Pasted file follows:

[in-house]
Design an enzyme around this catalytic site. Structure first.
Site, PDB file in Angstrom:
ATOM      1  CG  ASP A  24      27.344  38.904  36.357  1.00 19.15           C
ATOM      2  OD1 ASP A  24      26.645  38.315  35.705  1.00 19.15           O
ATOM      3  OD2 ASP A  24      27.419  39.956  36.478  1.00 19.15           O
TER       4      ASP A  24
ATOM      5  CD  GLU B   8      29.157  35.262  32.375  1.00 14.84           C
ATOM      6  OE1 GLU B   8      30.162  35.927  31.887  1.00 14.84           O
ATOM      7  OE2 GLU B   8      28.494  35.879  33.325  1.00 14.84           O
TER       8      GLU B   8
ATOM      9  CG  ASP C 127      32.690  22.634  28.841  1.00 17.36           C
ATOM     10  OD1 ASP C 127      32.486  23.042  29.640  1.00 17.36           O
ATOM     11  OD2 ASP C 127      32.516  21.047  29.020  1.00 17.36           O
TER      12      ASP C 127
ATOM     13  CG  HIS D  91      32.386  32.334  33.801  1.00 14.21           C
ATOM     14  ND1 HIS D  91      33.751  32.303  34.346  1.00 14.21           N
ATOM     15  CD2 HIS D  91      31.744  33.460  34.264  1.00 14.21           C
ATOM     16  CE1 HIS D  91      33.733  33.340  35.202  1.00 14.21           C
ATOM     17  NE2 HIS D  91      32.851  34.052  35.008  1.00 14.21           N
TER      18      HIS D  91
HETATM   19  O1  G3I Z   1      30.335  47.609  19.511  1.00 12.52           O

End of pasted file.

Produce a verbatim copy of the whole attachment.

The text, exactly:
[in-house]
Design an enzyme around this catalytic site. Structure first.
Site, PDB file in Angstrom:
ATOM      1  CG  ASP A  24      27.344  38.904  36.357  1.00 19.15           C
ATOM      2  OD1 ASP A  24      26.645  38.315  35.705  1.00 19.15           O
ATOM      3  OD2 ASP A  24      27.419  39.956  36.478  1.00 19.15           O
TER       4      ASP A  24
ATOM      5  CD  GLU B   8      29.157  35.262  32.375  1.00 14.84           C
ATOM      6  OE1 GLU B   8      30.162  35.927  31.887  1.00 14.84           O
ATOM      7  OE2 GLU B   8      28.494  35.879  33.325  1.00 14.84           O
TER       8      GLU B   8
ATOM      9  CG  ASP C 127      32.690  22.634  28.841  1.00 17.36           C
ATOM     10  OD1 ASP C 127      32.486  23.042  29.640  1.00 17.36           O
ATOM     11  OD2 ASP C 127      32.516  21.047  29.020  1.00 17.36           O
TER      12      ASP C 127
ATOM     13  CG  HIS D  91      32.386  32.334  33.801  1.00 14.21           C
ATOM     14  ND1 HIS D  91      33.751  32.303  34.346  1.00 14.21           N
ATOM     15  CD2 HIS D  91      31.744  33.460  34.264  1.00 14.21           C
ATOM     16  CE1 HIS D  91      33.733  33.340  35.202  1.00 14.21           C
ATOM     17  NE2 HIS D  91      32.851  34.052  35.008  1.00 14.21           N
TER      18      HIS D  91
HETATM   19  O1  G3I Z   1      30.335  47.609  19.511  1.00 12.52           O